“I felt the cut a little to 145,” said Oliveira (15-2, 1 NC), “but my gym helped me and I did it.” Hear what "Do Bronx" had to say after the fight.


Michael Johnson, lightweight finalist on TUF 12, relied on superior speed and boxing en route to a unanimous decision win over Shane Roller. The classic striker versus grappler match saw Johnson imposing his style by rebuffing all of Roller’s takedowns in the opening two rounds, and scoring with crisp combinations. Roller thoroughly disrupted Johnson’s groove to open the third, scoring a takedown and immediately transitioning to the back and flattening Johnson. Things were looking really bad for Johnson as Roller (10-6) teed off with punches on his trapped opponent. It was the kind of position where, as a fan, you watch and wonder how many punches the ref will jump in and stop it because a fighter is not “intelligently defending” himself. As it turns out, referee Herb Dean did stop the action – but only to warn Roller about punching to the back of the head. 

Dean allowed the fighters to restart in a similar position, but Johnson – perhaps benefitting from the restart -- now found space to eventually wiggle free. Though he dominated most of the round, Roller’s opportunity for the come from behind win came and went. Judges scored it 29-28 across the board for Johnson (11-6). Watch "The Menace's" post-fight interview


Durability had defined Joey Beltran’s six-fight UFC tenure. Never had the “Mexicutioner” been finished inside of the Octagon. Until tonight, when knockout specialist Lavar Johnson simply overwhelmed his fellow Californian from the opening horn. In the first 30 seconds, Johnson dropped Beltran with a right hand. As the round played out, Johnson landed at will. Jabs. Leg kicks. Body shots. Knees to the body. Combinations. As the one-sided bashing continued, Beltran leaned against the cage and ate a dozen hard punches – at least four of them clean uppercuts to the chin with much of Johnson’s 240 pounds behind them. It was too much for any man to take, sending Beltran to the canvas out cold at 4:24.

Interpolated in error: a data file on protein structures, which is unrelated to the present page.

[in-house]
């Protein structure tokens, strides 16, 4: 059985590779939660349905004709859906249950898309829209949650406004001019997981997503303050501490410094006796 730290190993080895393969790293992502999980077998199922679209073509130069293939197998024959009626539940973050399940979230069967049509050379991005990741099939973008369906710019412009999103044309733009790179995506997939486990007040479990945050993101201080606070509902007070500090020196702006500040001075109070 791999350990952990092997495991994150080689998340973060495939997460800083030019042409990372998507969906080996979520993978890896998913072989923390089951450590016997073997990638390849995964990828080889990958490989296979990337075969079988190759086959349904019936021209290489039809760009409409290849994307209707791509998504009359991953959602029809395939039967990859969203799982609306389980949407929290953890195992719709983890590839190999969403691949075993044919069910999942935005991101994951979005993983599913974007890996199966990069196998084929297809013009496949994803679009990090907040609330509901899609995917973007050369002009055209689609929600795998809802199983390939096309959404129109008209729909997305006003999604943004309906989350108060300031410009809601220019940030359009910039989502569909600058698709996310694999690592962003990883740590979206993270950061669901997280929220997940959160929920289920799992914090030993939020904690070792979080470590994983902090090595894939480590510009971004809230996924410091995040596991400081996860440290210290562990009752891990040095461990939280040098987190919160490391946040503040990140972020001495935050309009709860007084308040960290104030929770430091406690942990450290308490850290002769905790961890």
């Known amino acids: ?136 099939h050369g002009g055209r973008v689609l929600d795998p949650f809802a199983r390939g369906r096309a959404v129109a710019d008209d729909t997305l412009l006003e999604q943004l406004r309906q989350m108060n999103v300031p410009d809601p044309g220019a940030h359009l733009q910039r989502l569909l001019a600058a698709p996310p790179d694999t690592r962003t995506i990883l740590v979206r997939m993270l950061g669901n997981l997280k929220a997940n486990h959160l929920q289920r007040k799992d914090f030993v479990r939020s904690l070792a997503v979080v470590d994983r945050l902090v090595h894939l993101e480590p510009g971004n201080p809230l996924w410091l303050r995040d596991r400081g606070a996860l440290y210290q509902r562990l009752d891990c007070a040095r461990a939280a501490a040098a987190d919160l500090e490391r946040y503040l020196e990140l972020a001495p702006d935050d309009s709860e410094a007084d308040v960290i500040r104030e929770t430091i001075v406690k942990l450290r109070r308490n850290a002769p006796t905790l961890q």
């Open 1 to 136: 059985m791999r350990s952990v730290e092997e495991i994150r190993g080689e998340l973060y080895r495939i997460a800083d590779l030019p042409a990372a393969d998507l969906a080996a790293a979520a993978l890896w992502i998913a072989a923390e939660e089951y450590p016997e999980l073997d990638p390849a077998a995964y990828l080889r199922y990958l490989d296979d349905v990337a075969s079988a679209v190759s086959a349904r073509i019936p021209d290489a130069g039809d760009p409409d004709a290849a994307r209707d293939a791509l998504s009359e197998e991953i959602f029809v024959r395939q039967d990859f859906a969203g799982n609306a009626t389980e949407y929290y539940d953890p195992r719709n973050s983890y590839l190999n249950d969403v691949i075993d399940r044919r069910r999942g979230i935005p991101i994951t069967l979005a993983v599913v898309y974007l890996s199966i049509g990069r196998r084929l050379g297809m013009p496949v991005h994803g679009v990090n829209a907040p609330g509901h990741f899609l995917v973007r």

“Those were four nice good uppercuts. Usually I knock people out with just one,” said Johnson, a former Strikeforce standout who improved to 16-5 after winning his UFC debut. Hear Johnson's breakdown of the fight

Beltran fell to 13-7. 


When two southpaws collide, the right hook can be the most difficult weapon to see coming. In this middleweight bout, the right hook was an absolute game-changer. Dustin Jacoby, hungry in pursuit of his first UFC win, came out guns blazing and landed combinations and low kicks at a high clip. The 23-year-old Marc Fiore protégé seemed to have the opening round in the bag, as they say, until a booming right hook in the waning seconds exploded out of nowhere and briefly put him on the deck. Jacoby survived the round but never seemed the same thereafter, and the veteran Chris Camozzi took full advantage of his opponent’s newfound reticence. 

In what was entirely a standup affair, Camozzi kept the momentum in the second round with combinations that bloodied Jacoby’s nose and, by all indications, assaulted the young fighter’s confidence as well. Entering the third round, you could have judged the fight at 1-1 or 2-0 for Camozzi. But the judges were rendered irrelevant after a Camozzi leg kick took Jacoby’s legs out from under him. As Jacoby (6-2) scrambled back to his feet, Camozzi greeted him with a front headlock and immediately sank in a “10-finger guillotine” and earned the tap at 1:08 of the round. 

Camozzi (16-5, 3-2 UFC) said afterward that he dislocated a finger in the second round, but re-aligned and kept grinding.Watch Camozzi's post-fight interview